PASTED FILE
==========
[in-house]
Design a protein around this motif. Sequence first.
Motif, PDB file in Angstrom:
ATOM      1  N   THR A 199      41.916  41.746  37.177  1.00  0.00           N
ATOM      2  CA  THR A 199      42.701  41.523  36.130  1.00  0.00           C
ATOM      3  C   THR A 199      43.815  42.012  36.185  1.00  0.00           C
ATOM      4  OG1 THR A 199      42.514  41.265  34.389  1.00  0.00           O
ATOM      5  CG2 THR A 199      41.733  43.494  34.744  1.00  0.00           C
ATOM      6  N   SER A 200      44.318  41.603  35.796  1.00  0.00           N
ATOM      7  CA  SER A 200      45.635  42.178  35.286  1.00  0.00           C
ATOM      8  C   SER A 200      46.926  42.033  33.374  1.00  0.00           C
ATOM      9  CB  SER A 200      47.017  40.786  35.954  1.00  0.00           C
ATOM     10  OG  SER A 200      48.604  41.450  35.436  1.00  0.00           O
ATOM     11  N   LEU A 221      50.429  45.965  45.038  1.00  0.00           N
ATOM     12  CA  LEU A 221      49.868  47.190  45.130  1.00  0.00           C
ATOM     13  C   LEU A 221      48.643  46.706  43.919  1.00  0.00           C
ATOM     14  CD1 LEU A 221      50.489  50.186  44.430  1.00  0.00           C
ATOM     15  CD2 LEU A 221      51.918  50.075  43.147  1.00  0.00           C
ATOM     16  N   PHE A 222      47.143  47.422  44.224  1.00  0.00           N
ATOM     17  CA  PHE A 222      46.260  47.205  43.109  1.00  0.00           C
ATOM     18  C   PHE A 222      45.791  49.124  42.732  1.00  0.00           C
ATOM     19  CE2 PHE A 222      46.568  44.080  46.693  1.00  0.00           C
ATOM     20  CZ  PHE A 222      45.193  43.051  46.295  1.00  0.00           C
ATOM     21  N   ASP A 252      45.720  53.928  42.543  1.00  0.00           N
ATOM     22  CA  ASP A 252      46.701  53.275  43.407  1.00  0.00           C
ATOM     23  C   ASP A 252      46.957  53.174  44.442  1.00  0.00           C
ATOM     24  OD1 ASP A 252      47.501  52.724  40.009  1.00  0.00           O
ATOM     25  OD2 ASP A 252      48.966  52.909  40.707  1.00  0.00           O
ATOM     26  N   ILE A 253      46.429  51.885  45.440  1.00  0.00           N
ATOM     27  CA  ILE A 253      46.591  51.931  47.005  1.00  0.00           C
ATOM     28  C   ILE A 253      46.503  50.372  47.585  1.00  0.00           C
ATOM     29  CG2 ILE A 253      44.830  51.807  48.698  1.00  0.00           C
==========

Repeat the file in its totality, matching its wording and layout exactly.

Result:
[in-house]
Design a protein around this motif. Sequence first.
Motif, PDB file in Angstrom:
ATOM      1  N   THR A 199      41.916  41.746  37.177  1.00  0.00           N
ATOM      2  CA  THR A 199      42.701  41.523  36.130  1.00  0.00           C
ATOM      3  C   THR A 199      43.815  42.012  36.185  1.00  0.00           C
ATOM      4  OG1 THR A 199      42.514  41.265  34.389  1.00  0.00           O
ATOM      5  CG2 THR A 199      41.733  43.494  34.744  1.00  0.00           C
ATOM      6  N   SER A 200      44.318  41.603  35.796  1.00  0.00           N
ATOM      7  CA  SER A 200      45.635  42.178  35.286  1.00  0.00           C
ATOM      8  C   SER A 200      46.926  42.033  33.374  1.00  0.00           C
ATOM      9  CB  SER A 200      47.017  40.786  35.954  1.00  0.00           C
ATOM     10  OG  SER A 200      48.604  41.450  35.436  1.00  0.00           O
ATOM     11  N   LEU A 221      50.429  45.965  45.038  1.00  0.00           N
ATOM     12  CA  LEU A 221      49.868  47.190  45.130  1.00  0.00           C
ATOM     13  C   LEU A 221      48.643  46.706  43.919  1.00  0.00           C
ATOM     14  CD1 LEU A 221      50.489  50.186  44.430  1.00  0.00           C
ATOM     15  CD2 LEU A 221      51.918  50.075  43.147  1.00  0.00           C
ATOM     16  N   PHE A 222      47.143  47.422  44.224  1.00  0.00           N
ATOM     17  CA  PHE A 222      46.260  47.205  43.109  1.00  0.00           C
ATOM     18  C   PHE A 222      45.791  49.124  42.732  1.00  0.00           C
ATOM     19  CE2 PHE A 222      46.568  44.080  46.693  1.00  0.00           C
ATOM     20  CZ  PHE A 222      45.193  43.051  46.295  1.00  0.00           C
ATOM     21  N   ASP A 252      45.720  53.928  42.543  1.00  0.00           N
ATOM     22  CA  ASP A 252      46.701  53.275  43.407  1.00  0.00           C
ATOM     23  C   ASP A 252      46.957  53.174  44.442  1.00  0.00           C
ATOM     24  OD1 ASP A 252      47.501  52.724  40.009  1.00  0.00           O
ATOM     25  OD2 ASP A 252      48.966  52.909  40.707  1.00  0.00           O
ATOM     26  N   ILE A 253      46.429  51.885  45.440  1.00  0.00           N
ATOM     27  CA  ILE A 253      46.591  51.931  47.005  1.00  0.00           C
ATOM     28  C   ILE A 253      46.503  50.372  47.585  1.00  0.00           C
ATOM     29  CG2 ILE A 253      44.830  51.807  48.698  1.00  0.00           C